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Listed below are articles written by our members regarding the Abay Dam. The most recent posts are at the top.

The GERD: What does Arabization go to do with it? A response for Ahmed Abul-Gheit comments on GERD

Bilal Hussein Jibril, Dec 2017

As readers are well aware recently the issue of the Grand Ethiopian Renaissance Dam (GERD) has dominated the media at the global level. This followed the rhetoric from Egypt that “no one will touch Egypt`s share of the Nile.” Egypt`s such claims are emanated from an attempt to deny almost all upstream countries of their equitable and reasonable share. Following that rhetoric, anyway, the current Secretary General of the League of Arab States and Egypt`s Mubarak era last foreign minister, Ahmed Abul-Gheit has remarked about the issue. Please, allow me, to say the following.

The Next Task: Hydrologic Simulation of the Grand Ethiopian Renaissance Dam

Alemayehu W. Gebriel[1], PhD, PE



The Agreement on the Declaration of Principles (DoP) on the Grand Ethiopian Renaissance Dam (GERD) was signed by the respective heads of state for Ethiopia, Egypt, and the Sudan on March 23, 2015 in Khartoum, Sudan.  Performing hydrologic simulations of the GERD using appropriate modeling system is one of the main tasks that need to be completed in order to implement the principles stated in the DoP for utilization of the shared water resource of the Nile.  A selection of reliable hydrologic modeling system is critical to answer the many issues that have not been addressed so far. The main purpose of this article is to review some of the modeling work done on GERD and available hydrologic modeling systems and their capabilities.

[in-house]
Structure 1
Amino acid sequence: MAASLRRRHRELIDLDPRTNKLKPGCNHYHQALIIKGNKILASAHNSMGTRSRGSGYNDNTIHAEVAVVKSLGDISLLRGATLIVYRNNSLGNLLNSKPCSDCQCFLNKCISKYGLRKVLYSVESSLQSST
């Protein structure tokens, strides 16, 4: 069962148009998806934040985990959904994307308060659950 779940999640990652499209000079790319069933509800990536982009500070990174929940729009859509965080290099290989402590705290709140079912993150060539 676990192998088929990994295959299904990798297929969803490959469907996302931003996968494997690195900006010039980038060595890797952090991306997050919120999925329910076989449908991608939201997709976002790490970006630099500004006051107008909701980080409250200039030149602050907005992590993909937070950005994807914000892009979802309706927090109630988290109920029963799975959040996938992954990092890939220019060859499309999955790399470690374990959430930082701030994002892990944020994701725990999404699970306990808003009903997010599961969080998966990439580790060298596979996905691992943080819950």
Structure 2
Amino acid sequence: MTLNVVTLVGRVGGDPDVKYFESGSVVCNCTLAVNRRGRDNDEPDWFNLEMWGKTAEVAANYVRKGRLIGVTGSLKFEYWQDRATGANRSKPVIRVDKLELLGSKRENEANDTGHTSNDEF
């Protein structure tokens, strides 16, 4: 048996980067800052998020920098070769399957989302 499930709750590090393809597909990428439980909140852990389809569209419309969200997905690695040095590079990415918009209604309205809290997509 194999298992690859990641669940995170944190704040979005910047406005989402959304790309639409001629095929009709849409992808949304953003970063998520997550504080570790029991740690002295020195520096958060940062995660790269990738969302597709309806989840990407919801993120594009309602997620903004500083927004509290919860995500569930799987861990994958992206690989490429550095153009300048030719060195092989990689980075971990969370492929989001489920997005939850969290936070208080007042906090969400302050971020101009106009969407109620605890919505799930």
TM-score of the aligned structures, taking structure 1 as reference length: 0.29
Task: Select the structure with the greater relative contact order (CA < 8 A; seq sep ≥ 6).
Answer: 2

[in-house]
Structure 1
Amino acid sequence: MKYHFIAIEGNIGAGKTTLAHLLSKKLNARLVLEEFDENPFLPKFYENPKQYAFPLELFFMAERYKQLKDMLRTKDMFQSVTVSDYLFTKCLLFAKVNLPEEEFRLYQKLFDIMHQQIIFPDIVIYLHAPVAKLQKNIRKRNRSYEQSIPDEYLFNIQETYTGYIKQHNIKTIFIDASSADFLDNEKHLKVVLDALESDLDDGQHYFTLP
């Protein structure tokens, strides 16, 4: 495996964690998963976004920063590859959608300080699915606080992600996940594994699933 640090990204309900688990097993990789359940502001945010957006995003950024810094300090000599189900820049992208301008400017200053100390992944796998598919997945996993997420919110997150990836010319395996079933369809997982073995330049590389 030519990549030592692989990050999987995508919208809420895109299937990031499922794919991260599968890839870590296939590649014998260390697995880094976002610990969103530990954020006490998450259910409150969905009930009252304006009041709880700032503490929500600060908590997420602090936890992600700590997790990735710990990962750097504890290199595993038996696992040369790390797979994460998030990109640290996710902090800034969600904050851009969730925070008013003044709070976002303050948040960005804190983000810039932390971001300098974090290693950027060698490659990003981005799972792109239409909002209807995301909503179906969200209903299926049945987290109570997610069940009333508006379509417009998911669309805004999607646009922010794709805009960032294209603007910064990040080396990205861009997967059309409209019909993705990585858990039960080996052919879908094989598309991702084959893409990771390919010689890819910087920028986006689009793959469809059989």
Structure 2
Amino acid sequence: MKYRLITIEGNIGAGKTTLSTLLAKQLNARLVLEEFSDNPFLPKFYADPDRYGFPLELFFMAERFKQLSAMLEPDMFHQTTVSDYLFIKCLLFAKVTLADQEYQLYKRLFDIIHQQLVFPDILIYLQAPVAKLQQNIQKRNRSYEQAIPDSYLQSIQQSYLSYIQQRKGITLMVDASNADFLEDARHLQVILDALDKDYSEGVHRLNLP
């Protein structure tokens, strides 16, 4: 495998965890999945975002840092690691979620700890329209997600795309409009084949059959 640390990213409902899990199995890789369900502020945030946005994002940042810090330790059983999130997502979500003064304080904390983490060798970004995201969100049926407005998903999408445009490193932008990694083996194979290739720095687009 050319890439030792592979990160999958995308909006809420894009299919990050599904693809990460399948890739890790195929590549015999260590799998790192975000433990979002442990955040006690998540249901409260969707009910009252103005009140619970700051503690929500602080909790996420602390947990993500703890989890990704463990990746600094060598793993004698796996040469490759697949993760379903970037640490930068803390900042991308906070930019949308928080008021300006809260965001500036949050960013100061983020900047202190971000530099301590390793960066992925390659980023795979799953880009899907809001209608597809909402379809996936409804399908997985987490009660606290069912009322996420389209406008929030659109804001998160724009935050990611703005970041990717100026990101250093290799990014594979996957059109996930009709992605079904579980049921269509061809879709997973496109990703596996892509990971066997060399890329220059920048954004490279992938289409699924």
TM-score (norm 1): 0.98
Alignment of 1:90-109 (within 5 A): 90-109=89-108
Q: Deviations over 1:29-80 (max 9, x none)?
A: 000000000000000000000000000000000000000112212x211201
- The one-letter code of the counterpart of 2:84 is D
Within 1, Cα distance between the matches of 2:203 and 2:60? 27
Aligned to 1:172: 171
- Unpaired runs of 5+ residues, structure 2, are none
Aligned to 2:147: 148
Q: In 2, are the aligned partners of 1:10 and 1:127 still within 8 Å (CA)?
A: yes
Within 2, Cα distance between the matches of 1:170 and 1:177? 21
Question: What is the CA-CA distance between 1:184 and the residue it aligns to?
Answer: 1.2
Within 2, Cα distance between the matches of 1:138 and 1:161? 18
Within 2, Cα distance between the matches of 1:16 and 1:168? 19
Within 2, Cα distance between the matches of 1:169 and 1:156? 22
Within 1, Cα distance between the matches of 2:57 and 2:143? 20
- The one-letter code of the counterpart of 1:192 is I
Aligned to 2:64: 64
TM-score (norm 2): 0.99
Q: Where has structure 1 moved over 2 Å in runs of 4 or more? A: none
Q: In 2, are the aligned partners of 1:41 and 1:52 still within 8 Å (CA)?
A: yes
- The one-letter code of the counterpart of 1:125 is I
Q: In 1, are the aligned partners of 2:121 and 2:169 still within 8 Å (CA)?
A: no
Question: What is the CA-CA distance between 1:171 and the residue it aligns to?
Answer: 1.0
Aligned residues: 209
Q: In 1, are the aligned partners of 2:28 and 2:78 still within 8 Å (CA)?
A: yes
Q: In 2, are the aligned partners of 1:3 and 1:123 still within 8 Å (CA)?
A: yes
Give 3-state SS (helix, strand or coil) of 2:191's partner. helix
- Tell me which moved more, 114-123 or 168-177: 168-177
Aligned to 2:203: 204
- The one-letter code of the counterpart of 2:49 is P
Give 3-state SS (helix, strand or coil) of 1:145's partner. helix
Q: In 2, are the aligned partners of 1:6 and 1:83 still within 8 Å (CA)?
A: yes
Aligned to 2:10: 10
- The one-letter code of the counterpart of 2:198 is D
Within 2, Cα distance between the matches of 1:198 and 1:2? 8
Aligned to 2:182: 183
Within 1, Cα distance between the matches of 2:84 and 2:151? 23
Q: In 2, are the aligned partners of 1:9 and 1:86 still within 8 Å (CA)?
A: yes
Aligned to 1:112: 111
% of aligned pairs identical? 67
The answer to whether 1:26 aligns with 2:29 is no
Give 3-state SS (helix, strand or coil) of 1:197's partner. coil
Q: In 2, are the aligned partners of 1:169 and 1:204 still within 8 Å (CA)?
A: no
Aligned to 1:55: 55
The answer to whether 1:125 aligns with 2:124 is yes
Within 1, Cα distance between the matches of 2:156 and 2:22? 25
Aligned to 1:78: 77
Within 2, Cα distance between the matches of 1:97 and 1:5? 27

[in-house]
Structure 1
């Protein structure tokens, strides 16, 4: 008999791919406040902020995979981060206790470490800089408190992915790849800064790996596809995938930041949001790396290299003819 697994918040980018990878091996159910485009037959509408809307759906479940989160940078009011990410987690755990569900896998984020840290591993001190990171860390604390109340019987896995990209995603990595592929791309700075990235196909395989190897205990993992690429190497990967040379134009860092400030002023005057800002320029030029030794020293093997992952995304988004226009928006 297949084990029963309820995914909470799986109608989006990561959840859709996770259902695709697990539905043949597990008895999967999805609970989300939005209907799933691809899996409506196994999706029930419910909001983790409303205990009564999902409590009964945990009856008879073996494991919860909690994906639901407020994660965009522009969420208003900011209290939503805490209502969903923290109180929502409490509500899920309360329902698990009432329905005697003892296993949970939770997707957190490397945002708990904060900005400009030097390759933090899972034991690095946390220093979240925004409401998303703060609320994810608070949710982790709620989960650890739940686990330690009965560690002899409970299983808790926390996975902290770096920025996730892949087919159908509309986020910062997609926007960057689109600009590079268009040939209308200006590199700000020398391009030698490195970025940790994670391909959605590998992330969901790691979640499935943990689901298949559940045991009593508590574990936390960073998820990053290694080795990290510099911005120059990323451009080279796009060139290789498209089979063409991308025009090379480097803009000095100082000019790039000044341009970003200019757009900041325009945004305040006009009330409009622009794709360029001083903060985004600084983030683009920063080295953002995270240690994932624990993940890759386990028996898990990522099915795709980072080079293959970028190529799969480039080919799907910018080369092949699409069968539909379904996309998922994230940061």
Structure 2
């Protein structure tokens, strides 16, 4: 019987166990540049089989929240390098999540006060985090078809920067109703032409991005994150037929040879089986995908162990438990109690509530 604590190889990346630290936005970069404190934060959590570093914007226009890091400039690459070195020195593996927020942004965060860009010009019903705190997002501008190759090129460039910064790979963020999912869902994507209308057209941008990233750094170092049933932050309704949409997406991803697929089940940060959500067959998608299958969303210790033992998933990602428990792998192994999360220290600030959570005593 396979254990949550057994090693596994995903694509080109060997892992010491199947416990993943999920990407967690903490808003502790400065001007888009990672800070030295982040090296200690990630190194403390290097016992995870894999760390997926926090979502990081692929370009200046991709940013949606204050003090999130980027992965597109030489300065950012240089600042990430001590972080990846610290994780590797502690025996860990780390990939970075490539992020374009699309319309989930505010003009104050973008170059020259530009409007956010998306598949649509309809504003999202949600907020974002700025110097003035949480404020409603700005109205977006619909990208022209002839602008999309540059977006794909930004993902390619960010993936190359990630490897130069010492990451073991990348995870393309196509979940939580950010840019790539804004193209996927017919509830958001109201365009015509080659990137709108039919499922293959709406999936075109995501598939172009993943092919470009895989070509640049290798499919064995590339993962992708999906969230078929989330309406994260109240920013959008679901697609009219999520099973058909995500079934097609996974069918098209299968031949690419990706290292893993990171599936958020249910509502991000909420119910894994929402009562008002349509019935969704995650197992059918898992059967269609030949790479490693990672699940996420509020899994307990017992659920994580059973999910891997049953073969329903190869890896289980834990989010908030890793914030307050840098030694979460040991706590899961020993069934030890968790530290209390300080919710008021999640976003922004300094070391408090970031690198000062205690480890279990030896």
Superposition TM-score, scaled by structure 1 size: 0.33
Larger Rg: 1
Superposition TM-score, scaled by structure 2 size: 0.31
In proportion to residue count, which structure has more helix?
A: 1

Agreement on Declaration of Principles between Ethiopia, Egypt and Sudan

Agreement on Declaration of Principles between The Arab Republic of Egypt, The Federal Democratic Republic of Ethiopia And The Republic of the Sudan on the Grand Ethiopian Renaissance Dam Project (GERDP)

Instruments for optimal management of transboundary resources: lessons for the Nile Waters?


The resolve to make meaningful use of the Nile waters has been one of the most important development milestones in Ethiopia over the last Century. Given the transboundary nature of the Nile and the fact that little use has been made of the waters on Ethiopia’s part, assessing ways of optimally managing the resource is increasingly attracting attention from national and international researchers and policy makers, as well as the media. The objective of this article is to present an overall review of available economic instruments in optimal management of the resource. The assessment focuses on various economic instruments, namely, insights from efficiency principle, and strategic interactions and market-based instruments to draw policy lessons. The findings generally show that economic instruments could, in principle, be used to address the coordination gaps that act as stumbling blocks against efficient use of the Nile water, to the benefits of all stakeholders. The findings of the study also indicate areas where further quantitative analyses should be focused on. 

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by Dr. Radut